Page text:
Cold meats splashed with fortified wines might nudge some diners past their comfort zones, but dumplings and noodles will lull them back to contentment. Xiao long bao, or soup dumplings, are a specialty of Shanghai, and these grew better each of the three times I tried them—plumper, juicier, yet daintier. Be sure to splash them with ginger-flecked black vinegar, which coaxes out the flavors of the pork filling and hot liquid. The pan-cooked buns are much sturdier, but a hard sear from a few moments in the wok gives them the satisfying crispness of fried pot stickers.
"Rice ovalettes" may sound strange, but it’s an accurate enough description: These oblong bites, somewhere between a noodle and a dumpling, are not unlike the flattish rounds of dough in some versions of Southern chicken and dumplings. Made from rice flour, they come tossed with crunchy bamboo shoots, a bit of pork, and either spinach or salt-preserved vegetables. Eat them quickly before their texture turns gluey.
"Ningbo wonton and yellow croaker clay pot" takes wonton soup to higher levels. The wontons float in a large bowl as majestically as jellyfish in the ocean far from shore, and the dumplings remain silky. The fish adds faint pungency to the broth, which, to be honest, at first sip seemed bland. It was only when its temperature cooled that I perceived its muted richness. That’s how Shanghainese cooking can be: It sometimes takes attention and a little patience to appreciate its fine subtleties.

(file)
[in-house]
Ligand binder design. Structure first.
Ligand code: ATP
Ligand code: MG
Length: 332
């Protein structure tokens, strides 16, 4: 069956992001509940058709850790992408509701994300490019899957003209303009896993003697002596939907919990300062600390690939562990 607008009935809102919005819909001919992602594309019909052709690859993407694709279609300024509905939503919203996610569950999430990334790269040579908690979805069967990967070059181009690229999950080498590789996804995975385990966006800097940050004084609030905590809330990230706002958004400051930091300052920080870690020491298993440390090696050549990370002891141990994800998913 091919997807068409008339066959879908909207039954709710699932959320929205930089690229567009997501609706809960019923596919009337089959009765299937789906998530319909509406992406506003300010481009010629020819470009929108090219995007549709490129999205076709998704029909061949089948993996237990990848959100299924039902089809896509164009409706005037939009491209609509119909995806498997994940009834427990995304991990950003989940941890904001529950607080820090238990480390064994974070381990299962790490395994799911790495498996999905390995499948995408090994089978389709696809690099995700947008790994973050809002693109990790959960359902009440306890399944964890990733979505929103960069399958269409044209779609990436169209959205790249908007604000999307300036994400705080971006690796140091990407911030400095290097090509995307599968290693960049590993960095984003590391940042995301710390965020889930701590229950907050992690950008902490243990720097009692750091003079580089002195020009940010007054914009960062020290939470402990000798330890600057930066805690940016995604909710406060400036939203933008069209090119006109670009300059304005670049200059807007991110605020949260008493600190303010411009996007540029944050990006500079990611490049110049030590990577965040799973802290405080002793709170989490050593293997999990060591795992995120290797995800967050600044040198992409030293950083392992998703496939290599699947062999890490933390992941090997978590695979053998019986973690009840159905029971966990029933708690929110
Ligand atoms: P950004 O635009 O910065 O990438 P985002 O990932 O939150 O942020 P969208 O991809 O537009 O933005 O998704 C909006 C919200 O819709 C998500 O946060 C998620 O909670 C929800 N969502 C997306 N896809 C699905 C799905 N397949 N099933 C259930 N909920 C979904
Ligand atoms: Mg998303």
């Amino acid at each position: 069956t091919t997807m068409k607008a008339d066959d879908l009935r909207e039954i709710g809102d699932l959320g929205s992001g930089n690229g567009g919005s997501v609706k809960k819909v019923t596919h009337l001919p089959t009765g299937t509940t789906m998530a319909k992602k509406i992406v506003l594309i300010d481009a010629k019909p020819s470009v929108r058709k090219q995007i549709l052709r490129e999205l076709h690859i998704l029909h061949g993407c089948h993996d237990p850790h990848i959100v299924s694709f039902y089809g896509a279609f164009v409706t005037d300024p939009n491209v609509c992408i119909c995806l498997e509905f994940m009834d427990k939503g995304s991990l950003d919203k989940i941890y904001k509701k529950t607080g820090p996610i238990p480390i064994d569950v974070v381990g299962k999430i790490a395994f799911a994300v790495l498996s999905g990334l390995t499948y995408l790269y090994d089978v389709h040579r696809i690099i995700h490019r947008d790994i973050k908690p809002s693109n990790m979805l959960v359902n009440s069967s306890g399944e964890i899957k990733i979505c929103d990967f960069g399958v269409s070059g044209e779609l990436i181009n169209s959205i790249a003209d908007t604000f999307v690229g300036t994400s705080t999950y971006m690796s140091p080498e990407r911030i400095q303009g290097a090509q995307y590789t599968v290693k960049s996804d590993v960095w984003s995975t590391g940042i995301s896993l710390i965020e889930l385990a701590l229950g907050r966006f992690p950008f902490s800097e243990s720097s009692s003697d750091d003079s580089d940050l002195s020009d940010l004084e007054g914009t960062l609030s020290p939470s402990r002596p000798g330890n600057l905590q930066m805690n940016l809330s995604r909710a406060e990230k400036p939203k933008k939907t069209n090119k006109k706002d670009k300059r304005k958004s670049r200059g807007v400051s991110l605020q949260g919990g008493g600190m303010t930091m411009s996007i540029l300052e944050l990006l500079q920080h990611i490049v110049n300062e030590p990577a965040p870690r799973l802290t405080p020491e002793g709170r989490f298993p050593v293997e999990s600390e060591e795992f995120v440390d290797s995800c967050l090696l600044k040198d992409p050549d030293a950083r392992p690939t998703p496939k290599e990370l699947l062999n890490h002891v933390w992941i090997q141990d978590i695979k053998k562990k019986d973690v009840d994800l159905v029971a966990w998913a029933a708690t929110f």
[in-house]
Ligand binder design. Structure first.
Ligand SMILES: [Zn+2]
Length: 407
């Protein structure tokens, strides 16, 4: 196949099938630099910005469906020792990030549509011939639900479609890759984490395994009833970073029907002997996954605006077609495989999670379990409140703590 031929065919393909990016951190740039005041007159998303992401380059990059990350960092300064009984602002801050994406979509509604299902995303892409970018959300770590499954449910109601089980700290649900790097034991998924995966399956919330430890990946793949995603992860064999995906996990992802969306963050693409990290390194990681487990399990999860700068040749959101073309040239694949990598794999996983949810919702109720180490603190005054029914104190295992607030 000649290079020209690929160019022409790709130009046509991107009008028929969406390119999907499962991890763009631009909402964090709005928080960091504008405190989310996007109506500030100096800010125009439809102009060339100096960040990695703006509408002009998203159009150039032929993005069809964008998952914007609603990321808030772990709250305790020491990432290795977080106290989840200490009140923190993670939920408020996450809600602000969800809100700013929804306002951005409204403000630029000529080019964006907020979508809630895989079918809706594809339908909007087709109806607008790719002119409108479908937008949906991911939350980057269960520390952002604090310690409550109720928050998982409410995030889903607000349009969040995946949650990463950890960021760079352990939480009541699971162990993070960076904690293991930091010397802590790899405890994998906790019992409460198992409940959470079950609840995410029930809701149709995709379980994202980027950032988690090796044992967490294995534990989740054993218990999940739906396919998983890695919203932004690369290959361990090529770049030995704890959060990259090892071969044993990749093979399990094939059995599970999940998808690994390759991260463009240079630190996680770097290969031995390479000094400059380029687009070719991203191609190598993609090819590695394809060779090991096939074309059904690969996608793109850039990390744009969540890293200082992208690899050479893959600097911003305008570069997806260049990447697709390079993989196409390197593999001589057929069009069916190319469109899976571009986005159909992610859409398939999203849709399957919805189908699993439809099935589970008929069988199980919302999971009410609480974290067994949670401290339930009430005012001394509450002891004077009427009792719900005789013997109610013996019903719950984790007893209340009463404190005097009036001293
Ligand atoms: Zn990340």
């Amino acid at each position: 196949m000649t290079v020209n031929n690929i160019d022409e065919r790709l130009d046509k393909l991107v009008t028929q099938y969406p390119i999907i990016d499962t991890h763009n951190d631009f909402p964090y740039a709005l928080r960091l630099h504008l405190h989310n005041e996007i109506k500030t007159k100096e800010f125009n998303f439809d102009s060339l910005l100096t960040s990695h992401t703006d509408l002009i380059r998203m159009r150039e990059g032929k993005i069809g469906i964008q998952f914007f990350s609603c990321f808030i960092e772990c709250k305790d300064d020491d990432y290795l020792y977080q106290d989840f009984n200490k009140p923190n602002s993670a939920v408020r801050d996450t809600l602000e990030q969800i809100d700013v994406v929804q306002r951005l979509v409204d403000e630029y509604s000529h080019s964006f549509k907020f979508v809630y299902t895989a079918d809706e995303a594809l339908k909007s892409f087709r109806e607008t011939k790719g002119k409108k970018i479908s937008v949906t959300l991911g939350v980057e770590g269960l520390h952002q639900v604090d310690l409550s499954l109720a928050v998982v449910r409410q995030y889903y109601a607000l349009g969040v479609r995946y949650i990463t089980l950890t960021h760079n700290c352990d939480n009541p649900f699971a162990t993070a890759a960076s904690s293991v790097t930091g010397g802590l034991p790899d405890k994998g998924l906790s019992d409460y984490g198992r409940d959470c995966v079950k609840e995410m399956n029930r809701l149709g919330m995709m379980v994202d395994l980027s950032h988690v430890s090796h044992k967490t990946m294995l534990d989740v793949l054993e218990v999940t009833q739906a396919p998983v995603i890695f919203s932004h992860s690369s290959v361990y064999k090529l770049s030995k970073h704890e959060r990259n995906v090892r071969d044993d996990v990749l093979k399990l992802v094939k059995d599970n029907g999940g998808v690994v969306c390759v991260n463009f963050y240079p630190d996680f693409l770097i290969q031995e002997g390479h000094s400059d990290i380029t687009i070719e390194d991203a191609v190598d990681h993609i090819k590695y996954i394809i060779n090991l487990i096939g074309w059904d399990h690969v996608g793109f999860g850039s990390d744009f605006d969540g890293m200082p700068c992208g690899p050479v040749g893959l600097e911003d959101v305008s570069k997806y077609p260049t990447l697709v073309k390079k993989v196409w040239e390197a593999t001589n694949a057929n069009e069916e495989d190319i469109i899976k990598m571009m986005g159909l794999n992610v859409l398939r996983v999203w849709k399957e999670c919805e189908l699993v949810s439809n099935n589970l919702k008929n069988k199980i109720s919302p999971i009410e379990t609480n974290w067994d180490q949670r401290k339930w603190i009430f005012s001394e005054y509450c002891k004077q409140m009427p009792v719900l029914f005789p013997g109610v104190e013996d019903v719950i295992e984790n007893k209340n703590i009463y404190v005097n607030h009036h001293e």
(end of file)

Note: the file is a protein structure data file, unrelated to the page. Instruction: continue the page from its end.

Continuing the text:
And like most of the world’s cuisines, occasionally the exotic can verge on the strange. "Hangzhou-style fish topped with pine nuts" is a labor-intensive effort that, unfortunately, ends up tasting like candied fish. Had I ordered it as my sole main course, I would have left unhappy. But I actually enjoyed it as one element in a collage of dishes, which is the best way to eat Chinese food.
If I were on a budget and could only afford one entree (most of which range from $9 to $13), I’d choose the "Yangzhou giant meatball with crab meat pot." Also known in Shanghai as a "lion’s head," the whopper sphere is a meatball out of Roald Dahl’s imagination: freakishly large and utterly scrumptious. Covered with cabbage leaves and glass noodles in gurgling broth kept at a simmer using Sterno, it certainly qualifies as a one-pot meal. If you have room for dessert after that, request the refreshing, brown-sugary shaved ice topped with mangos, kiwi fruit, and strawberries.
The Shihs introduced their specialties in March, and the spare, brightly colored dining room held increasing numbers of customers on each of my visits. As word spreads about the second Tasty China, I’m wondering if doubleheader meals at both restaurants in one night may come into vogue. A word of advice: Start in Norcross, lest the glorious hellfire of Marietta’s blazes scorch away your ability to relish the gentleness of Shanghainese delicacies. —Bill Addison Tasty China
5390 Peachtree Industrial Boulevard, Norcross
HOURS Sunday–Thursday 11 a.m.–9:30 p.m., Friday–Saturday 11 a.m.–10 p.m.
Photograph by Christopher T. Martin. This review originally appeared in our September 2010 issue.